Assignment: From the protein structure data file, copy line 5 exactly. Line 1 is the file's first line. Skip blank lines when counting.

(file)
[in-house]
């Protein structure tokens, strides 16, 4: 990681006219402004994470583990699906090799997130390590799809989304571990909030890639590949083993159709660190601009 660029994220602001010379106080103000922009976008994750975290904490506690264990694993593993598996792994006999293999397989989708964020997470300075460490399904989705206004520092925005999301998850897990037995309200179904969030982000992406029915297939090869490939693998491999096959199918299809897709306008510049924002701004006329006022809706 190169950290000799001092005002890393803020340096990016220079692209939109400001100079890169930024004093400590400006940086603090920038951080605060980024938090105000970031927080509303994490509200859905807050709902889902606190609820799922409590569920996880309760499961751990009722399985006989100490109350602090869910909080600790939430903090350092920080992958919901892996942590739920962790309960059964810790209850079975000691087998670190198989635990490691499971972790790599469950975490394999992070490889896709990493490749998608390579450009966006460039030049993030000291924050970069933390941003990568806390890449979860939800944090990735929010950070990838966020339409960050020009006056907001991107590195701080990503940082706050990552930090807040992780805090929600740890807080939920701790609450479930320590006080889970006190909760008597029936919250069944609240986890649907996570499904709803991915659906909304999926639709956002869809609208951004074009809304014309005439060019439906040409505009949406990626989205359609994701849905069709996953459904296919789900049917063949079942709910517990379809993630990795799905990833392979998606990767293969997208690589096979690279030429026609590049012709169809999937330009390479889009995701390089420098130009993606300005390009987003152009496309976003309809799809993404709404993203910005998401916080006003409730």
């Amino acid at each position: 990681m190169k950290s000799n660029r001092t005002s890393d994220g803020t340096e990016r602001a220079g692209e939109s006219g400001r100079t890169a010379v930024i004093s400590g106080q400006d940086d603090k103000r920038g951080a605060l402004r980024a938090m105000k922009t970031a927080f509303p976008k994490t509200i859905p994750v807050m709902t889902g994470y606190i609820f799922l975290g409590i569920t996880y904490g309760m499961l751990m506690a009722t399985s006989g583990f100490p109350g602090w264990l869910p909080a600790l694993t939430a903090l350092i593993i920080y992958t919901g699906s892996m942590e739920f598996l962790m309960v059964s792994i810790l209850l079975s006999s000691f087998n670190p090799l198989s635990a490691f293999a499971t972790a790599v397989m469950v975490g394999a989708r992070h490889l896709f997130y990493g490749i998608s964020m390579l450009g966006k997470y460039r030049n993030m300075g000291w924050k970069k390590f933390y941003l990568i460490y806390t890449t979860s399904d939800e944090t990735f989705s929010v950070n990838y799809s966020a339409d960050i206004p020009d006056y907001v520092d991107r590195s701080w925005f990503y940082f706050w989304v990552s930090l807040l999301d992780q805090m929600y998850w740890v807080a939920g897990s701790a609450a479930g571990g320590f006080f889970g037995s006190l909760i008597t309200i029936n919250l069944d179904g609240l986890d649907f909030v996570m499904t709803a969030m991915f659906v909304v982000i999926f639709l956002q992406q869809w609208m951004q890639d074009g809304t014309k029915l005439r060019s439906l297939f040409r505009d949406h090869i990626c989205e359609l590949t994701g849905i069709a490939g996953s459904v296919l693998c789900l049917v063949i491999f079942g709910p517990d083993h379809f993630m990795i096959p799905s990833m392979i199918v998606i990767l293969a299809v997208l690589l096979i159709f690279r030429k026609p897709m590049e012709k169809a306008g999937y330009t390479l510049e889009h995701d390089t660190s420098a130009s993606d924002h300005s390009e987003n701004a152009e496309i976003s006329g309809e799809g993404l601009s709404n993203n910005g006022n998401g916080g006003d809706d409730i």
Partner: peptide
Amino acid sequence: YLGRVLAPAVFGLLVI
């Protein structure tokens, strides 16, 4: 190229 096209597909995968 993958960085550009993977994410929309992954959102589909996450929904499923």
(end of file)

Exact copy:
Amino acid sequence: YLGRVLAPAVFGLLVI